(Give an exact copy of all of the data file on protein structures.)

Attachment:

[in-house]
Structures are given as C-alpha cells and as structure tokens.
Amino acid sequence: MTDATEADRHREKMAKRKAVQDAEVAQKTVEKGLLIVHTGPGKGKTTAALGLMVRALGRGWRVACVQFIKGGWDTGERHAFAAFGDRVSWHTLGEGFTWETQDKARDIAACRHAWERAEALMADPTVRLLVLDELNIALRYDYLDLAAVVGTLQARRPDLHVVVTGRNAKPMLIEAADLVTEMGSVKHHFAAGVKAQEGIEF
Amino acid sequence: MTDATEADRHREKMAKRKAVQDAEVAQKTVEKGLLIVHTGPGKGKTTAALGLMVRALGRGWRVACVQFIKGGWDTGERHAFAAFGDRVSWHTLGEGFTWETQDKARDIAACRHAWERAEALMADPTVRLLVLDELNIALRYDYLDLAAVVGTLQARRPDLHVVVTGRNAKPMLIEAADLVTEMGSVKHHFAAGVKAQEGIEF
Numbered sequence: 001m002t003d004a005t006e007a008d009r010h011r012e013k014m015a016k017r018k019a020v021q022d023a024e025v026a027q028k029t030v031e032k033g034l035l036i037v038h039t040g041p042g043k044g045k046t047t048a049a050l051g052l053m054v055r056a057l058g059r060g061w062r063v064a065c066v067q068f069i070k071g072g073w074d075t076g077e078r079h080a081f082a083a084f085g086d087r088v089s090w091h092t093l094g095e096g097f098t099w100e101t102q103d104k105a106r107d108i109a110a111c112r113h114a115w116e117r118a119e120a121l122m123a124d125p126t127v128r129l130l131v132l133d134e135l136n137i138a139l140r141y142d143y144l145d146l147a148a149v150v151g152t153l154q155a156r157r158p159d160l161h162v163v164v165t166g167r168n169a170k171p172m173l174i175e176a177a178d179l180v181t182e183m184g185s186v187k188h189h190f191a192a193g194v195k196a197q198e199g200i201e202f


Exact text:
[in-house]
Structures are given as C-alpha cells and as structure tokens.
Amino acid sequence: MTDATEADRHREKMAKRKAVQDAEVAQKTVEKGLLIVHTGPGKGKTTAALGLMVRALGRGWRVACVQFIKGGWDTGERHAFAAFGDRVSWHTLGEGFTWETQDKARDIAACRHAWERAEALMADPTVRLLVLDELNIALRYDYLDLAAVVGTLQARRPDLHVVVTGRNAKPMLIEAADLVTEMGSVKHHFAAGVKAQEGIEF
Amino acid sequence: MTDATEADRHREKMAKRKAVQDAEVAQKTVEKGLLIVHTGPGKGKTTAALGLMVRALGRGWRVACVQFIKGGWDTGERHAFAAFGDRVSWHTLGEGFTWETQDKARDIAACRHAWERAEALMADPTVRLLVLDELNIALRYDYLDLAAVVGTLQARRPDLHVVVTGRNAKPMLIEAADLVTEMGSVKHHFAAGVKAQEGIEF
Numbered sequence: 001m002t003d004a005t006e007a008d009r010h011r012e013k014m015a016k017r018k019a020v021q022d023a024e025v026a027q028k029t030v031e032k033g034l035l036i037v038h039t040g041p042g043k044g045k046t047t048a049a050l051g052l053m054v055r056a057l058g059r060g061w062r063v064a065c066v067q068f069i070k071g072g073w074d075t076g077e078r079h080a081f082a083a084f085g086d087r088v089s090w091h092t093l094g095e096g097f098t099w100e101t102q103d104k105a106r107d108i109a110a111c112r113h114a115w116e117r118a119e120a121l122m123a124d125p126t127v128r129l130l131v132l133d134e135l136n137i138a139l140r141y142d143y144l145d146l147a148a149v150v151g152t153l154q155a156r157r158p159d160l161h162v163v164v165t166g167r168n169a170k171p172m173l174i175e176a177a178d179l180v181t182e183m184g185s186v187k188h189h190f191a192a193g194v195k196a197q198e199g200i201e202f